The founding of the Hutchinson Friends of the Zoo organization in 1985 was largely instrumental to the establishment of the zoo the following year. The Hutchinson Zoo opened its doors to the public on May 23, 1986 complete with a petting zoo area called Animals and Man, the Wild Habitats Building, the Spider Web play area for children and many lovely ponds and flowerbeds.
The first year of operation the zoo added public restrooms and began construction of the Service Barn. Over the course of the next five years the zoo flourished adding, the still popular Prairie Dog Complex where children have the opportunity to crawl through tunnels and see the Prairie dogs up close through acrylic bubbles and the walk-through Kansas Wildlife Aviary. The zoo also began utilizing volunteers, giving education programs and secured a federal collection permit and rehabilitation permits in 1991. With the help of the local radio station, in 1992, the zoo hosted the first Boo at the Zoo. Today, Boo at the Zoo is the largest zoo event accommodating more than 2,000 trick or treaters in two hours. Ground was broken in 1993 to begin construction of the exhibits in Staying Alive, an area to display animals that have special adaptations and defenses as well as the ability to live along-side man. While the overall footprint for the Staying Alive area was achieved two years later, Staying Alive continues to develop and change even now.
In 1997, the zoo established itself as a zoo that was willing to go above and beyond to maintain a high standard of excellence by achieving accreditation with the Association of Zoos and Aquariums. In addition to many other things, accreditation broadened the zoo’s resources for animal acquisitions and in 1998 Black-footed Ferrets were added to the collection. This endangered animal acquisition allowed the zoo, not only the opportunity to participate in the Species Survival Program but also marked a significant step forward in achieving the zoo mission to further conservation education. From 1999 - 2001 the zoo made significant progress to establish and enhance existing exhibits and attractions and campaign for future plans. The capital campaign for the Visitor Center was launched, new sidewalks, flowerbeds and park benches were added, the Discovery Center was updated to allow year round utilization for education programs and emergency back-up systems were put into place.
Thanks to the successful fund raising efforts of Friends of the Zoo, the Visitor Center construction began in 2001 and opened the following year in August. The Visitor Center contains on-site offices and break room space for zoo staff, the Friends of the Zoo Gift Shop and a conference room and meeting room available not only to the zoo, but for rent to the public. Following the opening of the Visitor Center, the zoo experienced an increase in zoo memberships and expanded their ability to reach those outside of Hutchinson and the surrounding communities with the creation of the zoo website. In 2003 the Friends of the Zoo contracted the company Zoo Plan to put together a new master plan. The new master plan propelled fresh ideas and renewed old plans as an interactive milking cow exhibit was added and construction of the Dino Dig was initiated. Plans were progressing steadily until tragedy hit in the form of a flood in 2007. The zoo closed its doors from May 24, 2007 until September 1, 2007 to deal with the aftermath of receiving more than seven inches of rain in less than eight hours. Lagoon water levels rose up and over public walkways and into animal exhibits and buildings causing devastating damage and many animals being moved to off-site locations. While the zoo recovered enough to re-open to the public the same year, even now, we are still addressing damages and searching for solutions to the issues that caused the flood of 2007.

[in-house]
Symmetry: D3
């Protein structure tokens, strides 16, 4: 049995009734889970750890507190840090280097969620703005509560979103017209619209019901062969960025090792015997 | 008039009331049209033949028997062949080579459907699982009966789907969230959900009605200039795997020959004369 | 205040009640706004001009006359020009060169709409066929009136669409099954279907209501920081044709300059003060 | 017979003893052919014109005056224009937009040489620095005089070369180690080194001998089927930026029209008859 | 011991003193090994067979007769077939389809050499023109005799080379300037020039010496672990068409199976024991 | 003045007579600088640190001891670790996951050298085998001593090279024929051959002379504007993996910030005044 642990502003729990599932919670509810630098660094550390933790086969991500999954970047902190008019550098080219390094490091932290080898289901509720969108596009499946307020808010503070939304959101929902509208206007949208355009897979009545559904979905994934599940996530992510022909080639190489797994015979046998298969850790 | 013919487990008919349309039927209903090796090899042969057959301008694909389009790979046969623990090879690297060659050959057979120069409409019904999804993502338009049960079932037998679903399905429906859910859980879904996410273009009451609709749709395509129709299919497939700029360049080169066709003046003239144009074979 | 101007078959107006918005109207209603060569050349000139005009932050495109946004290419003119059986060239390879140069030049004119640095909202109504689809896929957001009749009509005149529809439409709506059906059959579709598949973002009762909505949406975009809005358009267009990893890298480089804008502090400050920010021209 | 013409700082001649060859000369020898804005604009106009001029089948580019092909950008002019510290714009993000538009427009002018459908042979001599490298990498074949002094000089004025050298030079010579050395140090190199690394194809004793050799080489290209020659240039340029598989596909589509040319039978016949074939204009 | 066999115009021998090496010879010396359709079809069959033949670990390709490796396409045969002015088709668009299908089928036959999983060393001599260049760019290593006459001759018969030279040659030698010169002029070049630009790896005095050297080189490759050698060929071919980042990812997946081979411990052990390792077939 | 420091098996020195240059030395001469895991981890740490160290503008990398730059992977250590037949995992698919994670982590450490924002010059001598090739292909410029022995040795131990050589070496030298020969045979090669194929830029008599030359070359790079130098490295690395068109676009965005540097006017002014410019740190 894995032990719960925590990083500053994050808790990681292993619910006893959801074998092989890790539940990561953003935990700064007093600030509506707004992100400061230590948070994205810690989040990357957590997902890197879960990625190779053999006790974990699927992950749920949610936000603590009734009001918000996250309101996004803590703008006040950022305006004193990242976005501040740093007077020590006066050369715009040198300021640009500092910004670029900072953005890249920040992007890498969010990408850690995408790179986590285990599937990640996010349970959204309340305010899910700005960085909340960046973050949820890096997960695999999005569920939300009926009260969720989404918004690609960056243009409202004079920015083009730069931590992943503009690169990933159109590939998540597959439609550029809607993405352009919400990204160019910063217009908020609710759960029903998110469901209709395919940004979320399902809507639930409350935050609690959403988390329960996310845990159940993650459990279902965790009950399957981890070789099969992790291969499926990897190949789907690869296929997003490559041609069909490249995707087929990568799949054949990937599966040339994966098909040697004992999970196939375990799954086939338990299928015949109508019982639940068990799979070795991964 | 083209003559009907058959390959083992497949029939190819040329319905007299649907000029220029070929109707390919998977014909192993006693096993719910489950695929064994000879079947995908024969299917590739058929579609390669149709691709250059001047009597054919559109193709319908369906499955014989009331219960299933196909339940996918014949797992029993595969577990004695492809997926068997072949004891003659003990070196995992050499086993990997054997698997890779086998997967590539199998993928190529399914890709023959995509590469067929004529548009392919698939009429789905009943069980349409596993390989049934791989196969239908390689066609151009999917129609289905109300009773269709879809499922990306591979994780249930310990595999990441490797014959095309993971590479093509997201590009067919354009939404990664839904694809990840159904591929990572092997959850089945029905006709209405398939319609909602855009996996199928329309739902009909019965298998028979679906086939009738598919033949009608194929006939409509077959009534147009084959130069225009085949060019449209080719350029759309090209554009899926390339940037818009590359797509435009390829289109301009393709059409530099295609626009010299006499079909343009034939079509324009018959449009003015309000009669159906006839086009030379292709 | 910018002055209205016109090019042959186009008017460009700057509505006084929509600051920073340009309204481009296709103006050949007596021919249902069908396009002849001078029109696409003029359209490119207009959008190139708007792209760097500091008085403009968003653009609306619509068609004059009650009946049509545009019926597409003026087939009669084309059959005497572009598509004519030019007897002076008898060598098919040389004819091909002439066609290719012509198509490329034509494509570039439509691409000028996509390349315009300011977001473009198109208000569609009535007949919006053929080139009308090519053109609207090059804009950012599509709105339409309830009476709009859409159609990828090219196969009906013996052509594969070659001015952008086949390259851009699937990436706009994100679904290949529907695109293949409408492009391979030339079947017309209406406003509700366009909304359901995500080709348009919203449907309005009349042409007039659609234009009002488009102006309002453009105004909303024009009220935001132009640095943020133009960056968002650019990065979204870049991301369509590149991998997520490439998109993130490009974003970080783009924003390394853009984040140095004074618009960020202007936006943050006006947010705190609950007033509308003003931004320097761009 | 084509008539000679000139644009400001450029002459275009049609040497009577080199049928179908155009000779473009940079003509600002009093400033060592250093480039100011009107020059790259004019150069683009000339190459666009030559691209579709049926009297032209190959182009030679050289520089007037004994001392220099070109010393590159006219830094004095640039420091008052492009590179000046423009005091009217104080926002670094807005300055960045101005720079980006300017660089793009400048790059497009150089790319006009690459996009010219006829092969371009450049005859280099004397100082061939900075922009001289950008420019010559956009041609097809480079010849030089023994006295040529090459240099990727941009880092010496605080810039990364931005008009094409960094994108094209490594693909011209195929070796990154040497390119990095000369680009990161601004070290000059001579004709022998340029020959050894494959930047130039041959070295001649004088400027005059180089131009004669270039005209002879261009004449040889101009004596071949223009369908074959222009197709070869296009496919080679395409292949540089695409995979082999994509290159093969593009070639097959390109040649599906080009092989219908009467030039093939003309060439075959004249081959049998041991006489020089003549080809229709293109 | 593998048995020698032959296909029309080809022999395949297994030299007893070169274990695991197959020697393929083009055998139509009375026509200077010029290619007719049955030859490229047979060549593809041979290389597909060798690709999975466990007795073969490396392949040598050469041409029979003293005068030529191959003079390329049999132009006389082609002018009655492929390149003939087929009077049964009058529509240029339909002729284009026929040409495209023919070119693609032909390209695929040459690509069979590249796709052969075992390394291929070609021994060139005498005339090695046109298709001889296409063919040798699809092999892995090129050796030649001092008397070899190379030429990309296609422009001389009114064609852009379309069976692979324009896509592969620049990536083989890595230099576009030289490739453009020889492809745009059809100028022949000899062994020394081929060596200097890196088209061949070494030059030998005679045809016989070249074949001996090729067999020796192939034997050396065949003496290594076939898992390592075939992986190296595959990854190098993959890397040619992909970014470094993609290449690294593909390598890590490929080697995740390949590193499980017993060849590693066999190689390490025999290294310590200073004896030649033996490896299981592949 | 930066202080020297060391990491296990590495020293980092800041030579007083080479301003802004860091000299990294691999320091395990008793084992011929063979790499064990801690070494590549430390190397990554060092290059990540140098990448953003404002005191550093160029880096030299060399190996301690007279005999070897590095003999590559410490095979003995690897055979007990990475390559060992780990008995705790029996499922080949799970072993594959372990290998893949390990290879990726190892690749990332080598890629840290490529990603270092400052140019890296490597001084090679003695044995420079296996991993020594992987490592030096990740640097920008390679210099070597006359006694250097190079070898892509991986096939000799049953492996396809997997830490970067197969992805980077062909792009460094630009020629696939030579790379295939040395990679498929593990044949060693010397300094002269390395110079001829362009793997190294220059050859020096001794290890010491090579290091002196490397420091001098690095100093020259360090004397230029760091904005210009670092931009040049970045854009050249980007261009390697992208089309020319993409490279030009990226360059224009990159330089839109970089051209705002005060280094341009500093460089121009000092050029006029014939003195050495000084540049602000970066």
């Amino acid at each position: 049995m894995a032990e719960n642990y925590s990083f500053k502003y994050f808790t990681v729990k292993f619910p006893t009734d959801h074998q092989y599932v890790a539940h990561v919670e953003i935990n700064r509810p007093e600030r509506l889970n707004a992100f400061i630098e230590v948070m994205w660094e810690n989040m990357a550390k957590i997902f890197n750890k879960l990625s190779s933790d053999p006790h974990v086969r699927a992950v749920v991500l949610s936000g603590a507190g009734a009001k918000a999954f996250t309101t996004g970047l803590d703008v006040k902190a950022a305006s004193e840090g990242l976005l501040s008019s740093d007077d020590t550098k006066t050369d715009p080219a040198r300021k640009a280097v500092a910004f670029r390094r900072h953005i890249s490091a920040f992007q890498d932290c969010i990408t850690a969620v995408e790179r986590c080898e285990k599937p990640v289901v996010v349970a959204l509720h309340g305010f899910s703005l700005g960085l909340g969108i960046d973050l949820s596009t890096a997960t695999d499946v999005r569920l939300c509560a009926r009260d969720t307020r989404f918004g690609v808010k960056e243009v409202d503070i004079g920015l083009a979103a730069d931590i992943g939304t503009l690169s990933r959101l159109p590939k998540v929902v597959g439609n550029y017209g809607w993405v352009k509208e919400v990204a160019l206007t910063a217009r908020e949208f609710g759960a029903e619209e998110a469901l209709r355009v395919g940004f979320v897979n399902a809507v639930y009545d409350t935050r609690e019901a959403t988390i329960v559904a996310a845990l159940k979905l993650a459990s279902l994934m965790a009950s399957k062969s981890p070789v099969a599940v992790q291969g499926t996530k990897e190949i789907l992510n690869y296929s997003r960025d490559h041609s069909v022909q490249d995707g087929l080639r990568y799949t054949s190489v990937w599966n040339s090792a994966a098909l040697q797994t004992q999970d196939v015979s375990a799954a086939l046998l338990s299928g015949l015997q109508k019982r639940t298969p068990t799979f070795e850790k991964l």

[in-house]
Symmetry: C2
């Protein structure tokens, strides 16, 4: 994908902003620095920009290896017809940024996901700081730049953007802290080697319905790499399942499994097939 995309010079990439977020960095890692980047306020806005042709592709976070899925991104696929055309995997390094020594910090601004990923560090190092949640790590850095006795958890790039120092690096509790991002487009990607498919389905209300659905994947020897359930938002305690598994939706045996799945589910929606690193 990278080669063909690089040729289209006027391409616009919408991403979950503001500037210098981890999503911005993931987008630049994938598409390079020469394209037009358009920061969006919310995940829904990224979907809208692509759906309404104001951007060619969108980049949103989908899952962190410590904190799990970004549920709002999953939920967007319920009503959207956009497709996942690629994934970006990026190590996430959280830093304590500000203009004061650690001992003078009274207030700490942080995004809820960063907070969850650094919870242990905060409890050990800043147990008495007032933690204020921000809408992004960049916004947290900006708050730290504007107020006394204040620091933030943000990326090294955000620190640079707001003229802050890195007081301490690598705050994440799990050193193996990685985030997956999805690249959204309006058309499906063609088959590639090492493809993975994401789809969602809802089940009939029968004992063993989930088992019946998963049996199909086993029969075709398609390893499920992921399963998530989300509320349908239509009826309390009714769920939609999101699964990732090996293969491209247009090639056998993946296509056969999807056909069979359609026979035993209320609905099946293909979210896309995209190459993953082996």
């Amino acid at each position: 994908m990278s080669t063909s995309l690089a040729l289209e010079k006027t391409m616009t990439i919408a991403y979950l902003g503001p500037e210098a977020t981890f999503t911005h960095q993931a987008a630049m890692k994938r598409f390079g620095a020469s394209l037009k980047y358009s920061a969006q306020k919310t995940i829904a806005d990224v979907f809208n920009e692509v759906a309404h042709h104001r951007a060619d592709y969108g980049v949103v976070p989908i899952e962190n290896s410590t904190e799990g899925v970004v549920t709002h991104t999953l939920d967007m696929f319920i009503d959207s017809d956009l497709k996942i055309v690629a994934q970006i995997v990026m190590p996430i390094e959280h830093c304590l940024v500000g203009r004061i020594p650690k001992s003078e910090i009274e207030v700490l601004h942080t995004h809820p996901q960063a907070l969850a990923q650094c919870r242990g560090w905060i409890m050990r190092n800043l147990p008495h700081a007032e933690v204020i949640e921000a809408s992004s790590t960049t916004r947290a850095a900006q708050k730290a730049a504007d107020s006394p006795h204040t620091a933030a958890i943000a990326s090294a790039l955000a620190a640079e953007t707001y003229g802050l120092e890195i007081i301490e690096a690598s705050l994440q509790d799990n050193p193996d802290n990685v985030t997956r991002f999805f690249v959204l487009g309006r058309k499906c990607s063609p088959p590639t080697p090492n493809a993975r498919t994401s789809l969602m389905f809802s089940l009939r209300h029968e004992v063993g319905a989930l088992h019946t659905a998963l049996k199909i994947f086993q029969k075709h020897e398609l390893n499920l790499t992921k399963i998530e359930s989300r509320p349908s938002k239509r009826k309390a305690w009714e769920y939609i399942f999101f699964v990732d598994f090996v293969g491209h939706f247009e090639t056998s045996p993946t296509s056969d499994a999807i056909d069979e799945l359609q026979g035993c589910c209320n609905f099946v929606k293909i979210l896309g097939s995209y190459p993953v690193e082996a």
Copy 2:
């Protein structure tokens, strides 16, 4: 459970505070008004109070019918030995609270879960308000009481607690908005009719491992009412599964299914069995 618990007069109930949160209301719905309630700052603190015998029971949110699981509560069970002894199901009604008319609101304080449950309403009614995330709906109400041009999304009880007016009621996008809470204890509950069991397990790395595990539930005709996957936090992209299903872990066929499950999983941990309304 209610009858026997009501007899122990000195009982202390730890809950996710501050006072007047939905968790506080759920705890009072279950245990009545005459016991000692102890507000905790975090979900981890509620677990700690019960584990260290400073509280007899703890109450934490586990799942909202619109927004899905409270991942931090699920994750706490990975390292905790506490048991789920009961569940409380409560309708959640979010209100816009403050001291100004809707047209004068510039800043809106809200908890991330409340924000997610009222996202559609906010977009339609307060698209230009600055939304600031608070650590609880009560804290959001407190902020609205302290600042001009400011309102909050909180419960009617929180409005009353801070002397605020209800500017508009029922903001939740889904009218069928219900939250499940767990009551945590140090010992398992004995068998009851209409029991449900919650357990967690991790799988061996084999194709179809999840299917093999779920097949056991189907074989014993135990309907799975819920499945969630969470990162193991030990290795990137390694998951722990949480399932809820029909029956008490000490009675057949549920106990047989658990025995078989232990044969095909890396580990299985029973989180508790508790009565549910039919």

Thanks to a generous donation from Cargill, the Cargill Wildcare Center opened in 2011. The Wildcare Center enabled the zoo to continue the rehabilitation program by separating this operation from the zoo collection; furthermore this building provides adequate quarantine facilities for multiple species from large mammals to small reptiles. 2011 also saw the renovation of the Red-fox exhibit and Kansas Wildlife Aviary. Additionally the bio swale project was initiated to not only improve the lagoon water quality but to help direct water drainage and prevent unnecessary flooding of low-lying areas.
Further exhibit renovations and master planning re-evaluations occurred in 2012 under the direction of a new Zoo Director. The zoo has much to look forward to! 2016 will host the groundbreaking for a new North American River Otter exhibit. The zoo is also thrilled to develop the education department under the direction of a new, full time, Education and Volunteer Coordinator as well as see further development of several promising special events and activities. With the support of this outstanding community, an eager Board of Directors, enthusiastic volunteers and highly motivated and inspired employees the zoo will inevitably thrive and develop into a major Hutchinson area attraction.
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